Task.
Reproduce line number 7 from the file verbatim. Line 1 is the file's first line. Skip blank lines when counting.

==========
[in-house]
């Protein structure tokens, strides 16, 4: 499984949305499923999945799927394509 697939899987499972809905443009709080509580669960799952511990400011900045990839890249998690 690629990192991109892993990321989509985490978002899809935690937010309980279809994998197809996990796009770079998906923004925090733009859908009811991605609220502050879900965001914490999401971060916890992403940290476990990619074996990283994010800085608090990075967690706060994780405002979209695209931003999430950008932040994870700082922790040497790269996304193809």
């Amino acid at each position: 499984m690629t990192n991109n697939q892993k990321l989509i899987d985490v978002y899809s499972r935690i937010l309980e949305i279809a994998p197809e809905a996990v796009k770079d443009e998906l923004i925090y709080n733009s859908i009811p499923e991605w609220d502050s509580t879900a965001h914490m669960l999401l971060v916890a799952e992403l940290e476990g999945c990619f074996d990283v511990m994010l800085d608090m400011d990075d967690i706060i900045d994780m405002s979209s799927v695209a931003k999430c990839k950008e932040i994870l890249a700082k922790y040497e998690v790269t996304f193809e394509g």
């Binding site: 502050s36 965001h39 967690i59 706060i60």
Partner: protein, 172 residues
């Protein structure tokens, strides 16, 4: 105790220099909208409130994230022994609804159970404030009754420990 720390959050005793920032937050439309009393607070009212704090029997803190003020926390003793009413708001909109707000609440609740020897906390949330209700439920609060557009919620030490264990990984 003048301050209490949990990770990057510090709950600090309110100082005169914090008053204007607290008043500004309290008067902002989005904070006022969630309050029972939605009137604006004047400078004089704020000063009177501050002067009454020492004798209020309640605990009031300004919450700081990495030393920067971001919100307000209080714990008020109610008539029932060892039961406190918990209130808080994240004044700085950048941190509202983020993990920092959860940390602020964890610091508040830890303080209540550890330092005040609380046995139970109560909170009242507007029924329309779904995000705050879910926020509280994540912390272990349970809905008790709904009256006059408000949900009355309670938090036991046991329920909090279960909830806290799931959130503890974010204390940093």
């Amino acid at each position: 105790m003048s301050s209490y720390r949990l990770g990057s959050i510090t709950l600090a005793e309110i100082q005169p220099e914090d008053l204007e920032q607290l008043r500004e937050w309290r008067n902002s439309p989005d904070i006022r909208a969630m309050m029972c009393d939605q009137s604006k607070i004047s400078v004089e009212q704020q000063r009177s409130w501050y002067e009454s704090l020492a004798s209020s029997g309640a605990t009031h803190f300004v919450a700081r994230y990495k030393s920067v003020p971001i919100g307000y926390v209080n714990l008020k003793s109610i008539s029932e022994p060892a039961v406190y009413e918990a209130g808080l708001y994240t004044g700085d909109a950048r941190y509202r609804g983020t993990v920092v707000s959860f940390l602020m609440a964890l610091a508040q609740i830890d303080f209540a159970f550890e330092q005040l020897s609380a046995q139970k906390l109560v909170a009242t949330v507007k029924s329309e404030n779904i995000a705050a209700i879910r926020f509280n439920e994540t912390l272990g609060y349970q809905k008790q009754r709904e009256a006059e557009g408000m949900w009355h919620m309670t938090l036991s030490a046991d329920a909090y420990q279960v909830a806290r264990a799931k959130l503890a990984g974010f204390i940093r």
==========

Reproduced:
């Amino acid at each position: 105790m003048s301050s209490y720390r949990l990770g990057s959050i510090t709950l600090a005793e309110i100082q005169p220099e914090d008053l204007e920032q607290l008043r500004e937050w309290r008067n902002s439309p989005d904070i006022r909208a969630m309050m029972c009393d939605q009137s604006k607070i004047s400078v004089e009212q704020q000063r009177s409130w501050y002067e009454s704090l020492a004798s209020s029997g309640a605990t009031h803190f300004v919450a700081r994230y990495k030393s920067v003020p971001i919100g307000y926390v209080n714990l008020k003793s109610i008539s029932e022994p060892a039961v406190y009413e918990a209130g808080l708001y994240t004044g700085d909109a950048r941190y509202r609804g983020t993990v920092v707000s959860f940390l602020m609440a964890l610091a508040q609740i830890d303080f209540a159970f550890e330092q005040l020897s609380a046995q139970k906390l109560v909170a009242t949330v507007k029924s329309e404030n779904i995000a705050a209700i879910r926020f509280n439920e994540t912390l272990g609060y349970q809905k008790q009754r709904e009256a006059e557009g408000m949900w009355h919620m309670t938090l036991s030490a046991d329920a909090y420990q279960v909830a806290r264990a799931k959130l503890a990984g974010f204390i940093r």